BACKGROUND: The development of sepsis risk prediction models and treatment guidelines has largely been based on patients presenting in the emergency department (ED) with severe sepsis or septic shock. Therefore, in this study we investigated which patient characteristics might identify patients with an adverse outcome in a heterogeneous group of patients presenting with uncomplicated sepsis to the emergency department (ED).
FINDINGS: We performed a retrospective cohort analysis of all ED patients presenting with uncomplicated sepsis in a large teaching hospital during a 3-month period. During this period, 70 patients fulfilled the criteria of uncomplicated sepsis. Eight died in the hospital. Non-survivors were characterized by a higher abbreviated Mortality in Emergency Department Sepsis (MEDS) score (7.2 ± 3.4 vs. 4.8 ± 2.9, p = 0.03) and a lower Hb (6.6 ± 1.2 vs. 7.7 ± 1.4, p = 0.03), and they used beta-blockers more often (75% vs. 19%, p < 0.01).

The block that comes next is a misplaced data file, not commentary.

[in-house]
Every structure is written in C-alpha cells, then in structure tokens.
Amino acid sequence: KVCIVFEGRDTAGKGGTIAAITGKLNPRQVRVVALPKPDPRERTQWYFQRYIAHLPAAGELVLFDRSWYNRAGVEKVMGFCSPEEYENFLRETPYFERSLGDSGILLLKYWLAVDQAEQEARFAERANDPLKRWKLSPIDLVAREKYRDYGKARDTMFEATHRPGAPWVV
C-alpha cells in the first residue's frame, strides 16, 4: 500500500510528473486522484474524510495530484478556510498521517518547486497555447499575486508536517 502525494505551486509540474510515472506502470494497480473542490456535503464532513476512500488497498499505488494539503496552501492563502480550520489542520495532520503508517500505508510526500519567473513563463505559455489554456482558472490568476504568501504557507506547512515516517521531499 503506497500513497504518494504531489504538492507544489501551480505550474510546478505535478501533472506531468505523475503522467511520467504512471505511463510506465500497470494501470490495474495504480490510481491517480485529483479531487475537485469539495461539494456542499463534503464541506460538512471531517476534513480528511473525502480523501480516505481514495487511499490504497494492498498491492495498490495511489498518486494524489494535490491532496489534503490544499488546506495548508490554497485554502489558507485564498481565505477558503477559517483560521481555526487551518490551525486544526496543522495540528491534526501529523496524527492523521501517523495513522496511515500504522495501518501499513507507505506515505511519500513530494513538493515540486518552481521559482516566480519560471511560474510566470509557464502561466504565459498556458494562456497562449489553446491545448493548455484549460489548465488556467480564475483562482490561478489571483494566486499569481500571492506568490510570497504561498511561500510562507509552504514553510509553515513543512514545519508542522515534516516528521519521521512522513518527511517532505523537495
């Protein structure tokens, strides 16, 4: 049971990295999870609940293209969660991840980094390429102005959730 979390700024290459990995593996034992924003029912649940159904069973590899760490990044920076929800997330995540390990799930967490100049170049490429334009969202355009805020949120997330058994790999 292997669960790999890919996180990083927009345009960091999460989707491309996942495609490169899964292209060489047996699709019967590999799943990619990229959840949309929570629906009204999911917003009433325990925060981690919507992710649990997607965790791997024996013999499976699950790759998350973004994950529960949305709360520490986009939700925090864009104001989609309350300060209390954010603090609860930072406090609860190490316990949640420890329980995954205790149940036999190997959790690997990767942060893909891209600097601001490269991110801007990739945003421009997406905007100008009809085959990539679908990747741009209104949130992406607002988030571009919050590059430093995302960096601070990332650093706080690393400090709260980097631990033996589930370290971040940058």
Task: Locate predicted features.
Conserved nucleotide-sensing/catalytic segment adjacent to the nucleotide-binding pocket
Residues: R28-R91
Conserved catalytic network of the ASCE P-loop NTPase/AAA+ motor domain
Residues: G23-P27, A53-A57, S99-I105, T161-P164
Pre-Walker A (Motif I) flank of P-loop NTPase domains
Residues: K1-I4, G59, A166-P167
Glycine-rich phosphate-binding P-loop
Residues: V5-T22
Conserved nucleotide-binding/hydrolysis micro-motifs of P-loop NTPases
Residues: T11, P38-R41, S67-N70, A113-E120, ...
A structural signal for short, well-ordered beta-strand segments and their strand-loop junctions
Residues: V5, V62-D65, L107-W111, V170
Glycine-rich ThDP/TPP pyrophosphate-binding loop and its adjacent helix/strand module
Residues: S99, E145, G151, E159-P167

CONCLUSIONS: Non-survivors of uncomplicated sepsis had on average a higher abbreviated MEDS score, a lower hemoglobin (Hb) and more often used β-blockers compared to survivors. Early identification of these factors might contribute to optimization of sepsis treatment for this patient category and thereby prevent disease progression to severe sepsis or septic shock.